When 2019 rolled around, I never imagined that I would fall in love with Arizona. I had not spent much time in this state, up until 2019. It’s fair to say that I am already contemplating a return visit and I hope it’s not another 40 years. It had been 40 years since I had been to the Grand Canyon and most likely in the state of Arizona, up until this past year. Here is what I found and I hope you will find the time to make memories in this beautiful state. My husband joined me for one week in Arizona, in July, and the next 10 days I was traveling with my friend Melody in October.
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Petrified Forest National Park
Petrified Forest National Park is right along America’s Historic Route 66 at Exit 311, otherwise known as I-40. I honestly did not know what to expect, but it’s fair to say that I was ecstatic when we came upon a Historic Route 66 marker.
Our adventurous finds continued as we came to a sign that said, directed travelers to Newspaper Rock. This is not an actual newspaper, but an archaeological site that is home to more than 650 petroglyphs. These petroglyphs are fascinating, as it is a glimpse into the lives of people from thousands of years ago. In case you are not familiar with petroglyphs, they are rock carvings that are made by pecking away at the rock surface. Tip: Use your binoculars, as you cannot walk down to the rocks.
The petrified wood is abundant in this park and appears as beautiful quartz. You will find logs, stumps, ferns, leaves and pollen spores throughout this national park. It’s fascinating that this is considered one of the largest concentrations of petrified wood in the world.
The best tip I can give you in regards to the petrified wood is to leave it where you found it. There is a sign when you exit the national park that says all vehicles can be searched for petrified wood. That in itself should be a reason to leave it where you find it.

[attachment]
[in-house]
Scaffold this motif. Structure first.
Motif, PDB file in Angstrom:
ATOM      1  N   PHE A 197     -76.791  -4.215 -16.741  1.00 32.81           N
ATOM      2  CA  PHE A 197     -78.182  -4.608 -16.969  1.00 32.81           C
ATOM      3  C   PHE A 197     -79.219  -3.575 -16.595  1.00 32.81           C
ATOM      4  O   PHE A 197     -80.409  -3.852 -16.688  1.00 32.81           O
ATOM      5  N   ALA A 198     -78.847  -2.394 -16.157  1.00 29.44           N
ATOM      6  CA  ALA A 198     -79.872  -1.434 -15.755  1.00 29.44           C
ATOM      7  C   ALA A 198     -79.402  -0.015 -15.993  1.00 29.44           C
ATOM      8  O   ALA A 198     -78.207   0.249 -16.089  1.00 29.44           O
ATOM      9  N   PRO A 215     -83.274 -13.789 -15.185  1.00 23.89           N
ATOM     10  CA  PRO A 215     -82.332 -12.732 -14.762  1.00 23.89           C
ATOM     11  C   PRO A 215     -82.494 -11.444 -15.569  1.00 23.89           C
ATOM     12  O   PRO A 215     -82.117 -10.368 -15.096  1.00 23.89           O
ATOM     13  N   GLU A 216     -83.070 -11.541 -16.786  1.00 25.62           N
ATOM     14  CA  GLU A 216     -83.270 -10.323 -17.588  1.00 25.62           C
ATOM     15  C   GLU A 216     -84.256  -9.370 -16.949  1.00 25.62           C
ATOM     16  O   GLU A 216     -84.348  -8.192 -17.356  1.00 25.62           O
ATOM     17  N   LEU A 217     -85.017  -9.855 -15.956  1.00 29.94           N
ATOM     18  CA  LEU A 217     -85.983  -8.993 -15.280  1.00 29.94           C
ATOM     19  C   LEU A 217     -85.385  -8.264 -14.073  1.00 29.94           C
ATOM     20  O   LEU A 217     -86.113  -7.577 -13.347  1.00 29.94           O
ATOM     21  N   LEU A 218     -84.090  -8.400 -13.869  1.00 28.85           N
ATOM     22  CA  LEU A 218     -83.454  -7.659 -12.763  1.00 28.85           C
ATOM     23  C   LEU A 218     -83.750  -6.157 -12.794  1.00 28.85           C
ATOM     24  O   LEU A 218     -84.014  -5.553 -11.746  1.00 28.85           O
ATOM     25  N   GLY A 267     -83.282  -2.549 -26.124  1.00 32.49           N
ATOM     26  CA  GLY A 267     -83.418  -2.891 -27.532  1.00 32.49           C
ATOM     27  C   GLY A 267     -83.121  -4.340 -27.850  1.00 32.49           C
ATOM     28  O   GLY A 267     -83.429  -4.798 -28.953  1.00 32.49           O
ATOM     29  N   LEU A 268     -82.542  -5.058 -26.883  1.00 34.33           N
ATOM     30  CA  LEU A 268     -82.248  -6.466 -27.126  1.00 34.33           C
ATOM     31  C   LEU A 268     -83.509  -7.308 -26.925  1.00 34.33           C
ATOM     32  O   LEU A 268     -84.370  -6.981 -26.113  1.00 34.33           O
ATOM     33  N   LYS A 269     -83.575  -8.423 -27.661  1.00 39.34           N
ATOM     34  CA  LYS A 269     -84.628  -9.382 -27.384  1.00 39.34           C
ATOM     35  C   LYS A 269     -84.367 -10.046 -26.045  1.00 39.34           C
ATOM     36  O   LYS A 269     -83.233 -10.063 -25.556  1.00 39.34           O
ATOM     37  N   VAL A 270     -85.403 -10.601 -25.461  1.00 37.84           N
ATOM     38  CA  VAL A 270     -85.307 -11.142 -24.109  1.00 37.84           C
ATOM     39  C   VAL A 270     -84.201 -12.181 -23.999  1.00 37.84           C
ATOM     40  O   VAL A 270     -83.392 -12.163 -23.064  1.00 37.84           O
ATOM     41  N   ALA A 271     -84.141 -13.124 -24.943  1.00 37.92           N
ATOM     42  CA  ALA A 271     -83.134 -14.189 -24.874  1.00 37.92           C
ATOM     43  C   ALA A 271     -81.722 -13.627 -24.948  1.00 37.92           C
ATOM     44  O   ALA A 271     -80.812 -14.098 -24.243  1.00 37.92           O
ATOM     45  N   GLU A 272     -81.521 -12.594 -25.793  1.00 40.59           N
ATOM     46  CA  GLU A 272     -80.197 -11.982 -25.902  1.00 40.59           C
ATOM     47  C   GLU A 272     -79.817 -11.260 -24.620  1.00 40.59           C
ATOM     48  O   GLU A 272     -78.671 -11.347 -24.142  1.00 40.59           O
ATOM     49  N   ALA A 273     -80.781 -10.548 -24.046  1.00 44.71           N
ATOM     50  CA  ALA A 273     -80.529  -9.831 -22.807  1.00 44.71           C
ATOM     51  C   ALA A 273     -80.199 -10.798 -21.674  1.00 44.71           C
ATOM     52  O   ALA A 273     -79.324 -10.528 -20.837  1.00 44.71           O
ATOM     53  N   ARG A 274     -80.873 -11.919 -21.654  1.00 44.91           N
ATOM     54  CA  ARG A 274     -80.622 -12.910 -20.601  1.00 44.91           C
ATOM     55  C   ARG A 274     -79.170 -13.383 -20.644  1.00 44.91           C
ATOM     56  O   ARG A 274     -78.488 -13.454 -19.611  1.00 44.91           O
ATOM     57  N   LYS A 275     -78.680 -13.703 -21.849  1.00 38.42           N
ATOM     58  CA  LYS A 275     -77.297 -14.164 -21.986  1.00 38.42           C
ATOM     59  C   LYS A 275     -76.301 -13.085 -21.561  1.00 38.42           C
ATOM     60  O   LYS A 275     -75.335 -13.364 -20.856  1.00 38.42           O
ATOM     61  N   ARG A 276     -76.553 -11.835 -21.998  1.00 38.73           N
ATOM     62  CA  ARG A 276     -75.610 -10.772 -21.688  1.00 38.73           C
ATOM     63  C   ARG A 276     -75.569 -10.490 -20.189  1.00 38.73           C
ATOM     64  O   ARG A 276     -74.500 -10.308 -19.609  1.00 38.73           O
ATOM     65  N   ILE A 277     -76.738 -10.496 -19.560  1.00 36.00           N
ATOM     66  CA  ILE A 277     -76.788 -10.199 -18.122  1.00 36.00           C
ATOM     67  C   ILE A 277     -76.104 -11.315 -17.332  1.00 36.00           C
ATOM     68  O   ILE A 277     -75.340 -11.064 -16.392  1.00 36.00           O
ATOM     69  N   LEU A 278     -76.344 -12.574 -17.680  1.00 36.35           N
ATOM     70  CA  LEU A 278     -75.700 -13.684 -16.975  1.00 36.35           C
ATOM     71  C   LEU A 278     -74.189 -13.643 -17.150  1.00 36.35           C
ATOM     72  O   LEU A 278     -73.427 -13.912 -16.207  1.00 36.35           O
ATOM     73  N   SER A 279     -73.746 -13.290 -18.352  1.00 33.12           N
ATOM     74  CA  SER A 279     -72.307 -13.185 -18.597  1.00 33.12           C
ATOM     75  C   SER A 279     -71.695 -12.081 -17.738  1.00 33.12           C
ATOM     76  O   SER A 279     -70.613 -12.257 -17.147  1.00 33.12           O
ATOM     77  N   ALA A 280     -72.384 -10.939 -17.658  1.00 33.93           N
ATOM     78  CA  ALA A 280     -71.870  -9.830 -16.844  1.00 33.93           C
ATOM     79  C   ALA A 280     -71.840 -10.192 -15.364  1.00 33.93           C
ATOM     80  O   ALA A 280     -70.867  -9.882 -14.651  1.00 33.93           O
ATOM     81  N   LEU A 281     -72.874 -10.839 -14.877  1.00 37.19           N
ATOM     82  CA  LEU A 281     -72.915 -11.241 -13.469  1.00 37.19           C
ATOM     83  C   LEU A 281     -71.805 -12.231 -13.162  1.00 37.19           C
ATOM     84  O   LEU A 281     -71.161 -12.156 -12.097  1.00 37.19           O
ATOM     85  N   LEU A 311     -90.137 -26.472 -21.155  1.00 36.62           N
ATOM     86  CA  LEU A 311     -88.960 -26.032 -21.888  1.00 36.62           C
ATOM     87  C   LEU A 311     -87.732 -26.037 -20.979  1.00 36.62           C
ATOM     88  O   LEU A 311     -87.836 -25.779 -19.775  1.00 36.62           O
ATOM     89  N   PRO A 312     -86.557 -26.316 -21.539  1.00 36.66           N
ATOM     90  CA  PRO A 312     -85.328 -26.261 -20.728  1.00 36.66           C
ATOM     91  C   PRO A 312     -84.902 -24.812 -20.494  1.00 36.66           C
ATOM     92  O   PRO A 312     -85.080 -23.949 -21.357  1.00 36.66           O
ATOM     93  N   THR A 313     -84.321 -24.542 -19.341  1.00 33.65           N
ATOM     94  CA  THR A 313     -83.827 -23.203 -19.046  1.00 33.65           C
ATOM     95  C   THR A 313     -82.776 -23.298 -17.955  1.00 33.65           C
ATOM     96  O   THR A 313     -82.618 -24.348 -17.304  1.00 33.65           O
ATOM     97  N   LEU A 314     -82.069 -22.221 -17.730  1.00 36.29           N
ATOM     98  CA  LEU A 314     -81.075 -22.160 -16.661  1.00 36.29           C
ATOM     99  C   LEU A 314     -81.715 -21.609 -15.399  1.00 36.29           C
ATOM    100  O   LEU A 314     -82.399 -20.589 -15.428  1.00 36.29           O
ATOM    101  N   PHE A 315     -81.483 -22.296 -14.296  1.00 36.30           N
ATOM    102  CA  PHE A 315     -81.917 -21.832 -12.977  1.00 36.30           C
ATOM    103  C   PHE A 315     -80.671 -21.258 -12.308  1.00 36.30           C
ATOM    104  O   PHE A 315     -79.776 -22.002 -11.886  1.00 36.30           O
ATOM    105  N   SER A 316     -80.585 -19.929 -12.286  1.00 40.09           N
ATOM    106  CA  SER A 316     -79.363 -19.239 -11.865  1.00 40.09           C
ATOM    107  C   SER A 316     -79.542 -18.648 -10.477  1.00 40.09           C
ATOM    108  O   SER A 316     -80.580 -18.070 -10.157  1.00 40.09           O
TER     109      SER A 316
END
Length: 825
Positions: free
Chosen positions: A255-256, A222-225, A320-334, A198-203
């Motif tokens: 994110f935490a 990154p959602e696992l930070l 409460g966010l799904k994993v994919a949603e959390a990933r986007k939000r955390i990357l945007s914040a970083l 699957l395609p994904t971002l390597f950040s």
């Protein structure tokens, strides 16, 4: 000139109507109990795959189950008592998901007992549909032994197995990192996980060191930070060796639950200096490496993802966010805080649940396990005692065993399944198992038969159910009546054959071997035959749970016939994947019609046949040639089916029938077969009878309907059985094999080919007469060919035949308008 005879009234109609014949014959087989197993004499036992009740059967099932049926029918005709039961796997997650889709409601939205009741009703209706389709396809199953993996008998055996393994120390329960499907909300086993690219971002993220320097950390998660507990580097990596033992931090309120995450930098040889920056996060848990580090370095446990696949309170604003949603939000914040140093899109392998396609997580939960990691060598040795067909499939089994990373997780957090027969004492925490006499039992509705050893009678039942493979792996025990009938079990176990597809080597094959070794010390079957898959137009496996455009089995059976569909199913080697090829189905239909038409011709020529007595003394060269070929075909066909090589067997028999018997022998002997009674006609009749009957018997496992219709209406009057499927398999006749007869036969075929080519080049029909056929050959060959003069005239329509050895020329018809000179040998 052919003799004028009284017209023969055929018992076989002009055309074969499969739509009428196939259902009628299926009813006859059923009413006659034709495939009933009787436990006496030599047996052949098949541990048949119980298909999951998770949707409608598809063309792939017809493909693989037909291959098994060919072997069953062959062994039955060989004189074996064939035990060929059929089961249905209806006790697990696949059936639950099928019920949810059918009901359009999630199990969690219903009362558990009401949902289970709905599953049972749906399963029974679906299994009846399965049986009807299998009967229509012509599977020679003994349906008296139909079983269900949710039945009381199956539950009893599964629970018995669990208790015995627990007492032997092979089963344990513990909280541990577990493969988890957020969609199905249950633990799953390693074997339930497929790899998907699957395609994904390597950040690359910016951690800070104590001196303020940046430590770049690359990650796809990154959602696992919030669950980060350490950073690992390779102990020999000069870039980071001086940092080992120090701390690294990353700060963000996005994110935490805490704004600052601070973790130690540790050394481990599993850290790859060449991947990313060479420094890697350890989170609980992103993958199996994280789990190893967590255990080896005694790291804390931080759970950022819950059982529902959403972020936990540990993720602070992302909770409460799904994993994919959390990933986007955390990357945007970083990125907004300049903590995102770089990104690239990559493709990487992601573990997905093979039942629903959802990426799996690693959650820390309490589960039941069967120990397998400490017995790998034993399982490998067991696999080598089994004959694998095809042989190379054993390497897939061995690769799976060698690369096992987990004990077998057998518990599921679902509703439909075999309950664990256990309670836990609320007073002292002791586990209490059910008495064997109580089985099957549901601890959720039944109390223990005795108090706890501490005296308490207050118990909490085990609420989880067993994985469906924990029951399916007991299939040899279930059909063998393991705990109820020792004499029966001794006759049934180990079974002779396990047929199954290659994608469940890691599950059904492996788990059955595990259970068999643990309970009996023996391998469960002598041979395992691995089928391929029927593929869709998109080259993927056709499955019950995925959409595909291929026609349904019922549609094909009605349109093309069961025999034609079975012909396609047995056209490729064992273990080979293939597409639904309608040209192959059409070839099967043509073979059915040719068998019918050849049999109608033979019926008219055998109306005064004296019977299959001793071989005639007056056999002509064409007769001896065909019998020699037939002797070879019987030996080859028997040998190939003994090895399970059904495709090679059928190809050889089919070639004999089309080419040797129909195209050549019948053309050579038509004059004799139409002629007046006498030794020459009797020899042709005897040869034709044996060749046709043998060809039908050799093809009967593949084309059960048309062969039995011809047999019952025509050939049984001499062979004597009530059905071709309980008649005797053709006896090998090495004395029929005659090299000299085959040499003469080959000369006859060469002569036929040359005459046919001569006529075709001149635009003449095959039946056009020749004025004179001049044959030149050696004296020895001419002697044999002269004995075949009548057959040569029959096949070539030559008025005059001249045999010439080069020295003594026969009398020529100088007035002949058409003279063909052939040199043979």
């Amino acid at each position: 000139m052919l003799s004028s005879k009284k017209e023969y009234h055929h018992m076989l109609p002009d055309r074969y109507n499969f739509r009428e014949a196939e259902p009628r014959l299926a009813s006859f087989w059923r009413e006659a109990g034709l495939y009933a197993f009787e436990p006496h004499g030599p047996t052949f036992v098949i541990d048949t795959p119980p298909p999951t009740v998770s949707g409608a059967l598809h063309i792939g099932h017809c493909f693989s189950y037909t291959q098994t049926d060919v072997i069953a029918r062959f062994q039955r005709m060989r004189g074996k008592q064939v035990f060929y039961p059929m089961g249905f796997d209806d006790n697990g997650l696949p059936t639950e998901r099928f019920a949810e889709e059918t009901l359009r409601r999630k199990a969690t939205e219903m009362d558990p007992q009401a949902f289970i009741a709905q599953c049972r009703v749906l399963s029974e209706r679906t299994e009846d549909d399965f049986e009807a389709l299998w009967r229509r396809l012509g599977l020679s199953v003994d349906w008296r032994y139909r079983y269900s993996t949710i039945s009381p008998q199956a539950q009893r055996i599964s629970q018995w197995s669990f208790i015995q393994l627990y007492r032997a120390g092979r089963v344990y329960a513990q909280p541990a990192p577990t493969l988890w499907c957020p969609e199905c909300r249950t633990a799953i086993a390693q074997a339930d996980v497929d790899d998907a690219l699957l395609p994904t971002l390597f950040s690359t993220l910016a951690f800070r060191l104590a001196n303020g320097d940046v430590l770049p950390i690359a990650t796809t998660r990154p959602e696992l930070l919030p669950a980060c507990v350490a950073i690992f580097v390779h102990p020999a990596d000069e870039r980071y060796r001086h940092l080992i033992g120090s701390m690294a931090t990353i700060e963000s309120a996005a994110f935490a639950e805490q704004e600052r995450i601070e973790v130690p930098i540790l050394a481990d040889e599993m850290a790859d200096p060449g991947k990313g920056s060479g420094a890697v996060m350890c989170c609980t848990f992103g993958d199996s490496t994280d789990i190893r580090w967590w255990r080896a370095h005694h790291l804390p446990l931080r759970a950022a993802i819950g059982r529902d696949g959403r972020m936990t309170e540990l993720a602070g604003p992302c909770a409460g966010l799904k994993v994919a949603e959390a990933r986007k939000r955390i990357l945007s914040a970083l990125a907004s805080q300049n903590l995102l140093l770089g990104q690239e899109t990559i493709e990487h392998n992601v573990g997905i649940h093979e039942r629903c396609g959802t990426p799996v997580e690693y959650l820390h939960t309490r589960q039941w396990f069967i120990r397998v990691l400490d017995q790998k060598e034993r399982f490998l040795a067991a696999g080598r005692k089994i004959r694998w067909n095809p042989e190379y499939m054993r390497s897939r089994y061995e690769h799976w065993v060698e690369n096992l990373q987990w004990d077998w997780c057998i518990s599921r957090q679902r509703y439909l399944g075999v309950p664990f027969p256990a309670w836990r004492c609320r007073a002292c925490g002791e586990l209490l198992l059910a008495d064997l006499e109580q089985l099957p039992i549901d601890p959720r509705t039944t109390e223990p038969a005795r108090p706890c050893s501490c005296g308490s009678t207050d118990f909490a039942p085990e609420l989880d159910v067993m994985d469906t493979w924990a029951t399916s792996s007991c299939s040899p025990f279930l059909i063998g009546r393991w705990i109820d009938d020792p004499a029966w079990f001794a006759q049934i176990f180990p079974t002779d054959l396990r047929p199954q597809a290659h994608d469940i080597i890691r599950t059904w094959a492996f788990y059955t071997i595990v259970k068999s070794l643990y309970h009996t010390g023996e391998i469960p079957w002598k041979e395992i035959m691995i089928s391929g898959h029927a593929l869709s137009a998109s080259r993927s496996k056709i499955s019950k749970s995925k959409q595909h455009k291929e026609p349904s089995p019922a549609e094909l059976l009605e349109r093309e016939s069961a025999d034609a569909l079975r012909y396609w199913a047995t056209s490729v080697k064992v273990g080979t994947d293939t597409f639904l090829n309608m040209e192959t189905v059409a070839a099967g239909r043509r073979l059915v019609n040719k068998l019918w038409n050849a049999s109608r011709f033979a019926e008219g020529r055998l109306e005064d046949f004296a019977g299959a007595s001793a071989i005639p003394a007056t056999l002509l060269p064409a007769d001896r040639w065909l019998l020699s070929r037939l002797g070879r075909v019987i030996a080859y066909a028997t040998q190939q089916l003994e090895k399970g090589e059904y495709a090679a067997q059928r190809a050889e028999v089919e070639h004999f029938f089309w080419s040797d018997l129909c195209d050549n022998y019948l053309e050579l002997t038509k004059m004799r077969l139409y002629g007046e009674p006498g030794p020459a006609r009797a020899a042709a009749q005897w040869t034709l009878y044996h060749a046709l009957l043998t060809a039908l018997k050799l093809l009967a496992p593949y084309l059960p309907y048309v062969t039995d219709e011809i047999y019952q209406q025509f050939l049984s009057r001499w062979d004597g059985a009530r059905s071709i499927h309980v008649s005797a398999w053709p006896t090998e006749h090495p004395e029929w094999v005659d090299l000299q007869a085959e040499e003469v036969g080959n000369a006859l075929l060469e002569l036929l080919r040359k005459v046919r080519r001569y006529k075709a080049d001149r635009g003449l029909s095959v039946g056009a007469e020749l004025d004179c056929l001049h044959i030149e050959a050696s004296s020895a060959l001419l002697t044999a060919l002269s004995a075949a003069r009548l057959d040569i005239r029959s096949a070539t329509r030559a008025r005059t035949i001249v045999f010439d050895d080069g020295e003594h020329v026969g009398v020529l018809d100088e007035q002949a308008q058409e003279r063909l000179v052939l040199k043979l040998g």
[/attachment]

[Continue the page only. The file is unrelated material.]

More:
Canyon de Chelly National Monument
I had seen many, many photos of this national monument on Instagram and wanted to see it myself. This national monument is located north of Petrified National Forest and it is in a remote area of Arizona. This park lived up to the Instagram photos that I had seen, as well. This park is unique in that there is no entrance fee. If you want to access specific areas of the park, you will need to hire a guide. We hiked the White House Trail, which was 1.1 miles. You will hike down to the ruins and then you will hike back up for 1.1 miles.
The views are astounding and the hike is beautiful. This park is where I first began to fall in love with Arizona.
Water, Water, Water
Take plenty of water with you, as there is no water along the trail. Allow yourself a minimum of 2 hours to complete this hike. This is the only trail that you can access the canyon without hiring a guide.
Chinle, Arizona Offers Lodging
My husband and I now know that we loved this park and will hire a guide on a return visit. There are a handful of hotels in the town of Chinle, which is where this national monument lies. We stayed at a Holiday Inn in Chinle, which was conveniently located right outside the park entrance.
Cruising Arizona In A Cruise America RV Rental Unit
Thanks to the folks of Visit Mesa, myself and Melody of Wherever I May Roam Blog, took a road trip through Arizona in the fall. I would highly recommend this experience for anyone wanting to see Arizona through the windshield of a rental rv unit. You will be guaranteed to fall in love with Arizona all over again.
All of your belongings are with you all the time and you can literally enjoy every pull out alongside the roadways. Your snacks and restroom are onboard, which makes it a family, friendly way to travel.
Arizona Towns & Parks To Explore In Your Cruise America RV
Lost Dutchman State Park, right outside of Mesa, makes for an outstanding experience without traveling far from where you pick up your rental.
Mesa, itself is a town of arts and culture that you don’t want to miss.